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Artificial chemistries: From designing matter to mimicking life

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Biology is a discipline studying life-as-we-know-it: life on earth, based on carbon chemistry. Even though it is the result of millennia of evolution through natural selection, there is no reason to believe that this form of flora and fauna around us is the only possible ‘solution’, leading to one of the fundamental obstacles in theoretical biology: how can one establish general theories of life when only one instance of it is available to us? The field of Artificial life — essentially a synthetic approach to biology — is trying to bridge the gap by exploring life-as-it-could-be. The reactions and types of molecules we observe in living systems, however, can constrain and make the exploration difficult. We therefore turn to artificial chemistries that study and explore ‘chemical’ reactions as they could be imagined. In an artificial chemistry, one starts with reactants, i.e., atoms, that follow certain interaction rules we prescribe. This leads to a combinatorial space of possible structures, i.e., molecules, that goes beyond what we know in the chemistry we live in. We then define how the molecules interact (this can be whatever one wishes), leading to the dynamics in this vast combinatorial space. Even though mostly computational, with fast developments of subfields in (bio)chemisty such as supramolecular chemistry and DNA nanotechnology, experimental realizations of artificial chemistries are not so far fetched anymore. I will discuss our recent work on self-assembly of particles into supracolloidal complexes through programmable folding, and show experimental realizations of colloidal foldamers – our the first step toward realization of complex architectures.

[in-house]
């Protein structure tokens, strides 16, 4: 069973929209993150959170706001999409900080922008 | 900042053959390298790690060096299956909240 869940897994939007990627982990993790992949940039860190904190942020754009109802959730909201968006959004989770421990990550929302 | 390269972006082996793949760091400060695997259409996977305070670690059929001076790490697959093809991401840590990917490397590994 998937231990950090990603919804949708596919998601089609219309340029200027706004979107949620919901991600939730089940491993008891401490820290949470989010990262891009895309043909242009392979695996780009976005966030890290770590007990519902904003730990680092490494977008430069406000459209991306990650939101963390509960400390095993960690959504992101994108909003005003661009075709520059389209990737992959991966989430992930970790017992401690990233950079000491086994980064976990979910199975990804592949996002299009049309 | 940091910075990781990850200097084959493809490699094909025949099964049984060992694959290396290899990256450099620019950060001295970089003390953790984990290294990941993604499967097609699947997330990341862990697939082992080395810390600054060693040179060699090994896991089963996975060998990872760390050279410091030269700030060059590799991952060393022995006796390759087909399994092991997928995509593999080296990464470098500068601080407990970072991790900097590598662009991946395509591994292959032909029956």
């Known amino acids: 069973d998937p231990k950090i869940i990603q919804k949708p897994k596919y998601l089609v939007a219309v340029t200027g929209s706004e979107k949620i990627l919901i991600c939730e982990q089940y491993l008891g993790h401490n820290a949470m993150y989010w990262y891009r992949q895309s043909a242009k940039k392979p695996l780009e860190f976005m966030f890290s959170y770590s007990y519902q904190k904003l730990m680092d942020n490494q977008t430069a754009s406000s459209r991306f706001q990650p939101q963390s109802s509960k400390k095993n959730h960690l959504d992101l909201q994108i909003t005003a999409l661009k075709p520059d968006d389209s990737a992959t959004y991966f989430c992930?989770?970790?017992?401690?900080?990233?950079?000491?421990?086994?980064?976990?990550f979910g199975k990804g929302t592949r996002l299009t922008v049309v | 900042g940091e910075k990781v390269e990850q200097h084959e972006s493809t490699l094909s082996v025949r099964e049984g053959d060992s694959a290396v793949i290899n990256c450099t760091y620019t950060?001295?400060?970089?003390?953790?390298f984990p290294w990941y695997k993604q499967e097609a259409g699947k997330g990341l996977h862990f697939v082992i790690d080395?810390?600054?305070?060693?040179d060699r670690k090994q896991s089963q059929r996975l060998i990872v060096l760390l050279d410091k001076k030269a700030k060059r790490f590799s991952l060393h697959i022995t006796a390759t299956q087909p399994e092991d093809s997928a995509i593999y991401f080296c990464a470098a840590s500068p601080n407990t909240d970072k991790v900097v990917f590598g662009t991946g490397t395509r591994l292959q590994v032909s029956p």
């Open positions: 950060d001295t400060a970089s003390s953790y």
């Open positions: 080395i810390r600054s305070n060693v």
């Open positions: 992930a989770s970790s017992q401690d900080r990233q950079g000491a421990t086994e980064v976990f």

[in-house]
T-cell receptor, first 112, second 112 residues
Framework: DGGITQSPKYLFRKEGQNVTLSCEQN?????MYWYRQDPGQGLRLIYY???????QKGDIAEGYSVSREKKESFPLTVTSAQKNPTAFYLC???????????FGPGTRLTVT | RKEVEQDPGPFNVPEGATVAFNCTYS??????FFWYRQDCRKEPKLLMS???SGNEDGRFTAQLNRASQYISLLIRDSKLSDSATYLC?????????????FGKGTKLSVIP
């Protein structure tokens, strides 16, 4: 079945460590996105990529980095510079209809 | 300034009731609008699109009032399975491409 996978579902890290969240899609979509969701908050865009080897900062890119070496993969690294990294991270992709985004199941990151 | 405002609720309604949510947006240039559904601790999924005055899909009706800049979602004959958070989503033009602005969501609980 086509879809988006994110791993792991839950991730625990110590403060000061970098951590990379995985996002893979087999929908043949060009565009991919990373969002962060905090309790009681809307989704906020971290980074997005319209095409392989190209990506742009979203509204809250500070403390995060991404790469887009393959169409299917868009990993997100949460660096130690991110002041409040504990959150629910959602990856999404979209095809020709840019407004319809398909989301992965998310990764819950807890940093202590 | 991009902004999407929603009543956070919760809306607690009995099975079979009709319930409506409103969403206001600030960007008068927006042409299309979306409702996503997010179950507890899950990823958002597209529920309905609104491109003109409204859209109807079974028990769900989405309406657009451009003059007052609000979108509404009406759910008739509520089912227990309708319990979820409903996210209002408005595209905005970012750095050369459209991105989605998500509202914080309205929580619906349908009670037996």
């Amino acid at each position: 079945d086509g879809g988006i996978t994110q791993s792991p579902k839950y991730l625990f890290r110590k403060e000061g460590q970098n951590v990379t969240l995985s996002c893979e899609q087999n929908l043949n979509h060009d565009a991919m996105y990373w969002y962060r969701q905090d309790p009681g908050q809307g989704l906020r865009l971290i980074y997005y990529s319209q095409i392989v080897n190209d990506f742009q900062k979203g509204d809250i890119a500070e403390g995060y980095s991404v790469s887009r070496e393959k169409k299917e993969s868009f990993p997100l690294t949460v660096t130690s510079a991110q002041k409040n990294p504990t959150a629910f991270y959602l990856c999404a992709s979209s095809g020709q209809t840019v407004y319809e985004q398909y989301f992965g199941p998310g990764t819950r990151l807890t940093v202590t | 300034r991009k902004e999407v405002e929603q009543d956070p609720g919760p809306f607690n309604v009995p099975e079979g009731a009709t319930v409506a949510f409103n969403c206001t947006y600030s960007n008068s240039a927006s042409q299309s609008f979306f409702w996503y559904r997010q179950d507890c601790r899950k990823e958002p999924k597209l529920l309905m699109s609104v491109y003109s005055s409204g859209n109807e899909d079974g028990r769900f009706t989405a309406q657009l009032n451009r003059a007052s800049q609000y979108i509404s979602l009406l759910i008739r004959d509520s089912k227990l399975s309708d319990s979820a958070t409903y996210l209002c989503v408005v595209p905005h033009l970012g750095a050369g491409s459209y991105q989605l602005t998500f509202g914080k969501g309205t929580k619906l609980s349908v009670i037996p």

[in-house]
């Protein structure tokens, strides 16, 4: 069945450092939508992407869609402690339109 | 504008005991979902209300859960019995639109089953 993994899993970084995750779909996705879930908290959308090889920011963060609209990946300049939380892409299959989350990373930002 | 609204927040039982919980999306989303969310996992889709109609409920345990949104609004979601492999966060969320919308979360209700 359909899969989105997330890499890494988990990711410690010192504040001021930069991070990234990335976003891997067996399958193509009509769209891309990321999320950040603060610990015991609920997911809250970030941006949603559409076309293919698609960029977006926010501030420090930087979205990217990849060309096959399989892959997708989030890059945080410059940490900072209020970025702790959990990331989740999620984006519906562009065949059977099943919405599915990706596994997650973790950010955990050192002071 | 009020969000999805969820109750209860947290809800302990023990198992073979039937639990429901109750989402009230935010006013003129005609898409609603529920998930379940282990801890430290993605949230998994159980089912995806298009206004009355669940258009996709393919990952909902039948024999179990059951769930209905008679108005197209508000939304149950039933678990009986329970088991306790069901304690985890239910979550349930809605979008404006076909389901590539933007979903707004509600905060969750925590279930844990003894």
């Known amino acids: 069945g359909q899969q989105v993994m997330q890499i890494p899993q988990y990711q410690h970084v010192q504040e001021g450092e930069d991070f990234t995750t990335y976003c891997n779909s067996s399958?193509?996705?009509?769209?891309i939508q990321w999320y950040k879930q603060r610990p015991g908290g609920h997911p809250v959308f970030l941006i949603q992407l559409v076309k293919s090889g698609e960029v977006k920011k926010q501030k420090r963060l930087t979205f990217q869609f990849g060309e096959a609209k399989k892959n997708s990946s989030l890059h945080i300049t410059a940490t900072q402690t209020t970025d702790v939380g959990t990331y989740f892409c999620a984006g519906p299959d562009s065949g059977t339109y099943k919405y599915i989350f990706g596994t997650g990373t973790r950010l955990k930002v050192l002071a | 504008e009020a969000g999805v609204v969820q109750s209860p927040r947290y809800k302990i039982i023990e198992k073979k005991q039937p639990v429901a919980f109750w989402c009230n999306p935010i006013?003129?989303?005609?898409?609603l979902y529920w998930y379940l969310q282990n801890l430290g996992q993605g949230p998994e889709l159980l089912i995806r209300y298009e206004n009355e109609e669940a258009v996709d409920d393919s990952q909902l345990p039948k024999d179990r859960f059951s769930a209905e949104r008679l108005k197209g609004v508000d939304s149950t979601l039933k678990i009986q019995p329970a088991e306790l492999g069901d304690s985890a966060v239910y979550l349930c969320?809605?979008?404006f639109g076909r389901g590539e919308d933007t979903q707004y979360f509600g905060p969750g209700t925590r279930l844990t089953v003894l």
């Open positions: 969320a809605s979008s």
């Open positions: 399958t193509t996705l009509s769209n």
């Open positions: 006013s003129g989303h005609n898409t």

This talk is part of the Theory - Chemistry Research Interest Group series.

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